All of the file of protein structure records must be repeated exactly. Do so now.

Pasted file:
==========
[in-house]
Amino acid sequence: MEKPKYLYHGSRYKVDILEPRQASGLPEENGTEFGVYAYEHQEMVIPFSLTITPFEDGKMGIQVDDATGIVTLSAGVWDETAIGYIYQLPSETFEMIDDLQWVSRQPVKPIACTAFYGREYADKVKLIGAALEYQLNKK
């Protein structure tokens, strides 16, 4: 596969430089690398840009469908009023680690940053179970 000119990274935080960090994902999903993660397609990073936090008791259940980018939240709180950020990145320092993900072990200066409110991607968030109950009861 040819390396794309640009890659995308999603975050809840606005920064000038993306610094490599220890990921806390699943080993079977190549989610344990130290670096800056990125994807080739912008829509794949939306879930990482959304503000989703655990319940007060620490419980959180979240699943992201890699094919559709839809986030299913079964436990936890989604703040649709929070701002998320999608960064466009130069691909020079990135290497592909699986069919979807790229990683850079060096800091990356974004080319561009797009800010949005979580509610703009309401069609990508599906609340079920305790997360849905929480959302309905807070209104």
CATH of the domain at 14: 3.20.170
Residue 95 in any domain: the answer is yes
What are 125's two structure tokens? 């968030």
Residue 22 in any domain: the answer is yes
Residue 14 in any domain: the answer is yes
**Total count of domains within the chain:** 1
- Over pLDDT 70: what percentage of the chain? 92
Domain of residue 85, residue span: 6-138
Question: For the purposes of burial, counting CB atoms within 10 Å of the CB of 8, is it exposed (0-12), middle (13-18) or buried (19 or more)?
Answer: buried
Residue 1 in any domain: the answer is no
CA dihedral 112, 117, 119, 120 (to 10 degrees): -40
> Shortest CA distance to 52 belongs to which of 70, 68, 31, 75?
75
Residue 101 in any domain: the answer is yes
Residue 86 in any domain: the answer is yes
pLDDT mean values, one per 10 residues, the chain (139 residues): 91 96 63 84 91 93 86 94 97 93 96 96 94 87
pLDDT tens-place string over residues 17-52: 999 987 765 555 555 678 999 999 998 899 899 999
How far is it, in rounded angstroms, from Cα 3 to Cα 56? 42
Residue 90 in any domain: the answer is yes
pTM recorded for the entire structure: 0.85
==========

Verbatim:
[in-house]
Amino acid sequence: MEKPKYLYHGSRYKVDILEPRQASGLPEENGTEFGVYAYEHQEMVIPFSLTITPFEDGKMGIQVDDATGIVTLSAGVWDETAIGYIYQLPSETFEMIDDLQWVSRQPVKPIACTAFYGREYADKVKLIGAALEYQLNKK
């Protein structure tokens, strides 16, 4: 596969430089690398840009469908009023680690940053179970 000119990274935080960090994902999903993660397609990073936090008791259940980018939240709180950020990145320092993900072990200066409110991607968030109950009861 040819390396794309640009890659995308999603975050809840606005920064000038993306610094490599220890990921806390699943080993079977190549989610344990130290670096800056990125994807080739912008829509794949939306879930990482959304503000989703655990319940007060620490419980959180979240699943992201890699094919559709839809986030299913079964436990936890989604703040649709929070701002998320999608960064466009130069691909020079990135290497592909699986069919979807790229990683850079060096800091990356974004080319561009797009800010949005979580509610703009309401069609990508599906609340079920305790997360849905929480959302309905807070209104």
CATH of the domain at 14: 3.20.170
Residue 95 in any domain: the answer is yes
What are 125's two structure tokens? 């968030």
Residue 22 in any domain: the answer is yes
Residue 14 in any domain: the answer is yes
**Total count of domains within the chain:** 1
- Over pLDDT 70: what percentage of the chain? 92
Domain of residue 85, residue span: 6-138
Question: For the purposes of burial, counting CB atoms within 10 Å of the CB of 8, is it exposed (0-12), middle (13-18) or buried (19 or more)?
Answer: buried
Residue 1 in any domain: the answer is no
CA dihedral 112, 117, 119, 120 (to 10 degrees): -40
> Shortest CA distance to 52 belongs to which of 70, 68, 31, 75?
75
Residue 101 in any domain: the answer is yes
Residue 86 in any domain: the answer is yes
pLDDT mean values, one per 10 residues, the chain (139 residues): 91 96 63 84 91 93 86 94 97 93 96 96 94 87
pLDDT tens-place string over residues 17-52: 999 987 765 555 555 678 999 999 998 899 899 999
How far is it, in rounded angstroms, from Cα 3 to Cα 56? 42
Residue 90 in any domain: the answer is yes
pTM recorded for the entire structure: 0.85